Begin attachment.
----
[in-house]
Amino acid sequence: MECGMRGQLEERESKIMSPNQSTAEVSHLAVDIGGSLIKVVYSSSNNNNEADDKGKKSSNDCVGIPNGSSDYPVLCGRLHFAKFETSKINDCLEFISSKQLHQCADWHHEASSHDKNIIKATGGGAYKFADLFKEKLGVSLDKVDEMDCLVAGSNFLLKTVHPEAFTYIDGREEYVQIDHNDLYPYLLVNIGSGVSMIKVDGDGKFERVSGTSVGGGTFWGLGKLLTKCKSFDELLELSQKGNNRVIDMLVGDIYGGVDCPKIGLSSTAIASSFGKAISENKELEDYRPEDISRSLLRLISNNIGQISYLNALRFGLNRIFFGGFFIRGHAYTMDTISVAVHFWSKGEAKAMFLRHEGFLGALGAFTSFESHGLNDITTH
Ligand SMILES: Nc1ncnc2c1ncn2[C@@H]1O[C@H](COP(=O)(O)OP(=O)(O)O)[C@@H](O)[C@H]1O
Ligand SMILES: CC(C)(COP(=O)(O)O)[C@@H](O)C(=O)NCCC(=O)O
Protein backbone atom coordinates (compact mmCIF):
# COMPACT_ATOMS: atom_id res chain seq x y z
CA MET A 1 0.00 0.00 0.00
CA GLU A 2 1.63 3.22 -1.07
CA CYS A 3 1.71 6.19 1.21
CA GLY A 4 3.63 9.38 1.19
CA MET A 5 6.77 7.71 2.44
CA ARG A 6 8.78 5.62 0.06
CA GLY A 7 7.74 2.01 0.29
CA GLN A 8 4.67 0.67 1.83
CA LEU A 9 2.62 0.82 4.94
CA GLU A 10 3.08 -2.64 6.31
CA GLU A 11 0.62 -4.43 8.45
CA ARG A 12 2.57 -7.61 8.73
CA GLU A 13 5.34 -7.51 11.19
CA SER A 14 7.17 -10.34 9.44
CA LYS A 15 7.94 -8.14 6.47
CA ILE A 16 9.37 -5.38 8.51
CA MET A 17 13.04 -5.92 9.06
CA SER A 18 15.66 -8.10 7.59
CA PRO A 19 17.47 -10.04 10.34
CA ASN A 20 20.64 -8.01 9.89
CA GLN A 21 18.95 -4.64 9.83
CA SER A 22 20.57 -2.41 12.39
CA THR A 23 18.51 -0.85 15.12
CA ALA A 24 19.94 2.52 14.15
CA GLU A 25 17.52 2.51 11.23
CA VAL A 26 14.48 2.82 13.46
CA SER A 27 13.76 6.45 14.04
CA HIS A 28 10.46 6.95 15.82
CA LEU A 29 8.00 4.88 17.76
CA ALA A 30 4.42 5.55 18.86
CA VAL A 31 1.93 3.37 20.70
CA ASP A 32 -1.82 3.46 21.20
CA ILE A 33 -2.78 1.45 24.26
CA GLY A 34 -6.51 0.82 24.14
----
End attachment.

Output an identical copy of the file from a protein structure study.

[in-house]
Amino acid sequence: MECGMRGQLEERESKIMSPNQSTAEVSHLAVDIGGSLIKVVYSSSNNNNEADDKGKKSSNDCVGIPNGSSDYPVLCGRLHFAKFETSKINDCLEFISSKQLHQCADWHHEASSHDKNIIKATGGGAYKFADLFKEKLGVSLDKVDEMDCLVAGSNFLLKTVHPEAFTYIDGREEYVQIDHNDLYPYLLVNIGSGVSMIKVDGDGKFERVSGTSVGGGTFWGLGKLLTKCKSFDELLELSQKGNNRVIDMLVGDIYGGVDCPKIGLSSTAIASSFGKAISENKELEDYRPEDISRSLLRLISNNIGQISYLNALRFGLNRIFFGGFFIRGHAYTMDTISVAVHFWSKGEAKAMFLRHEGFLGALGAFTSFESHGLNDITTH
Ligand SMILES: Nc1ncnc2c1ncn2[C@@H]1O[C@H](COP(=O)(O)OP(=O)(O)O)[C@@H](O)[C@H]1O
Ligand SMILES: CC(C)(COP(=O)(O)O)[C@@H](O)C(=O)NCCC(=O)O
Protein backbone atom coordinates (compact mmCIF):
# COMPACT_ATOMS: atom_id res chain seq x y z
CA MET A 1 0.00 0.00 0.00
CA GLU A 2 1.63 3.22 -1.07
CA CYS A 3 1.71 6.19 1.21
CA GLY A 4 3.63 9.38 1.19
CA MET A 5 6.77 7.71 2.44
CA ARG A 6 8.78 5.62 0.06
CA GLY A 7 7.74 2.01 0.29
CA GLN A 8 4.67 0.67 1.83
CA LEU A 9 2.62 0.82 4.94
CA GLU A 10 3.08 -2.64 6.31
CA GLU A 11 0.62 -4.43 8.45
CA ARG A 12 2.57 -7.61 8.73
CA GLU A 13 5.34 -7.51 11.19
CA SER A 14 7.17 -10.34 9.44
CA LYS A 15 7.94 -8.14 6.47
CA ILE A 16 9.37 -5.38 8.51
CA MET A 17 13.04 -5.92 9.06
CA SER A 18 15.66 -8.10 7.59
CA PRO A 19 17.47 -10.04 10.34
CA ASN A 20 20.64 -8.01 9.89
CA GLN A 21 18.95 -4.64 9.83
CA SER A 22 20.57 -2.41 12.39
CA THR A 23 18.51 -0.85 15.12
CA ALA A 24 19.94 2.52 14.15
CA GLU A 25 17.52 2.51 11.23
CA VAL A 26 14.48 2.82 13.46
CA SER A 27 13.76 6.45 14.04
CA HIS A 28 10.46 6.95 15.82
CA LEU A 29 8.00 4.88 17.76
CA ALA A 30 4.42 5.55 18.86
CA VAL A 31 1.93 3.37 20.70
CA ASP A 32 -1.82 3.46 21.20
CA ILE A 33 -2.78 1.45 24.26
CA GLY A 34 -6.51 0.82 24.14